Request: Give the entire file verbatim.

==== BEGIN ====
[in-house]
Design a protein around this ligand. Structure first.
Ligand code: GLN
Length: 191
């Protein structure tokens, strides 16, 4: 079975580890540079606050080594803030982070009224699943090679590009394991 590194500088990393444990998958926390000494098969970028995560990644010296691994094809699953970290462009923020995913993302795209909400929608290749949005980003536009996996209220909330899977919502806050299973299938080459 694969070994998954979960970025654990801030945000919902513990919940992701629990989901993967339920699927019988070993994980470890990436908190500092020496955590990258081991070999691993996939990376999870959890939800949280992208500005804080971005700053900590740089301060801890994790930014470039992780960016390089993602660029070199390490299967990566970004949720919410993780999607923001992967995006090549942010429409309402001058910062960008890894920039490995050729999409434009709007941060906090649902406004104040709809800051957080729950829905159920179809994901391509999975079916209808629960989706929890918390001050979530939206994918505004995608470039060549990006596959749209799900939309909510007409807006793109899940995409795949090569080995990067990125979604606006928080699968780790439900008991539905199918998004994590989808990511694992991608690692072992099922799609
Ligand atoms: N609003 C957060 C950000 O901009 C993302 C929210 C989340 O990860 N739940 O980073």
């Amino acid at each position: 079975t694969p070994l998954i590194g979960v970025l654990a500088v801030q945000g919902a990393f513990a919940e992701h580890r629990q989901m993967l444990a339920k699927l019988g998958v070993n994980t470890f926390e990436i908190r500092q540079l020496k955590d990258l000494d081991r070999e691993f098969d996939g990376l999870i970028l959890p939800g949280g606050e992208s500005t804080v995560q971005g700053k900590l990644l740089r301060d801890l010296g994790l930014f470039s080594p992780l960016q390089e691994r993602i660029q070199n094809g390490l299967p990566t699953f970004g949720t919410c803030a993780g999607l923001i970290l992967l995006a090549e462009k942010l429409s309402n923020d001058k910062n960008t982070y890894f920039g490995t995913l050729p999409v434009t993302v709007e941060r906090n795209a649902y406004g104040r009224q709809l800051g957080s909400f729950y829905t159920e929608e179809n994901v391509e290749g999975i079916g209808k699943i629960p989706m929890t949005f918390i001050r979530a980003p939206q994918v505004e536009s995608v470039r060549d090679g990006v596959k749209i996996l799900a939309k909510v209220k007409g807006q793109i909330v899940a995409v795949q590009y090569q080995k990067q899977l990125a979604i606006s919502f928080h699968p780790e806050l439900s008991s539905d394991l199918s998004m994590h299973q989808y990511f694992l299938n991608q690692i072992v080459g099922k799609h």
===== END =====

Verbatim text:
[in-house]
Design a protein around this ligand. Structure first.
Ligand code: GLN
Length: 191
């Protein structure tokens, strides 16, 4: 079975580890540079606050080594803030982070009224699943090679590009394991 590194500088990393444990998958926390000494098969970028995560990644010296691994094809699953970290462009923020995913993302795209909400929608290749949005980003536009996996209220909330899977919502806050299973299938080459 694969070994998954979960970025654990801030945000919902513990919940992701629990989901993967339920699927019988070993994980470890990436908190500092020496955590990258081991070999691993996939990376999870959890939800949280992208500005804080971005700053900590740089301060801890994790930014470039992780960016390089993602660029070199390490299967990566970004949720919410993780999607923001992967995006090549942010429409309402001058910062960008890894920039490995050729999409434009709007941060906090649902406004104040709809800051957080729950829905159920179809994901391509999975079916209808629960989706929890918390001050979530939206994918505004995608470039060549990006596959749209799900939309909510007409807006793109899940995409795949090569080995990067990125979604606006928080699968780790439900008991539905199918998004994590989808990511694992991608690692072992099922799609
Ligand atoms: N609003 C957060 C950000 O901009 C993302 C929210 C989340 O990860 N739940 O980073």
């Amino acid at each position: 079975t694969p070994l998954i590194g979960v970025l654990a500088v801030q945000g919902a990393f513990a919940e992701h580890r629990q989901m993967l444990a339920k699927l019988g998958v070993n994980t470890f926390e990436i908190r500092q540079l020496k955590d990258l000494d081991r070999e691993f098969d996939g990376l999870i970028l959890p939800g949280g606050e992208s500005t804080v995560q971005g700053k900590l990644l740089r301060d801890l010296g994790l930014f470039s080594p992780l960016q390089e691994r993602i660029q070199n094809g390490l299967p990566t699953f970004g949720t919410c803030a993780g999607l923001i970290l992967l995006a090549e462009k942010l429409s309402n923020d001058k910062n960008t982070y890894f920039g490995t995913l050729p999409v434009t993302v709007e941060r906090n795209a649902y406004g104040r009224q709809l800051g957080s909400f729950y829905t159920e929608e179809n994901v391509e290749g999975i079916g209808k699943i629960p989706m929890t949005f918390i001050r979530a980003p939206q994918v505004e536009s995608v470039r060549d090679g990006v596959k749209i996996l799900a939309k909510v209220k007409g807006q793109i909330v899940a995409v795949q590009y090569q080995k990067q899977l990125a979604i606006s919502f928080h699968p780790e806050l439900s008991s539905d394991l199918s998004m994590h299973q989808y990511f694992l299938n991608q690692i072992v080459g099922k799609h």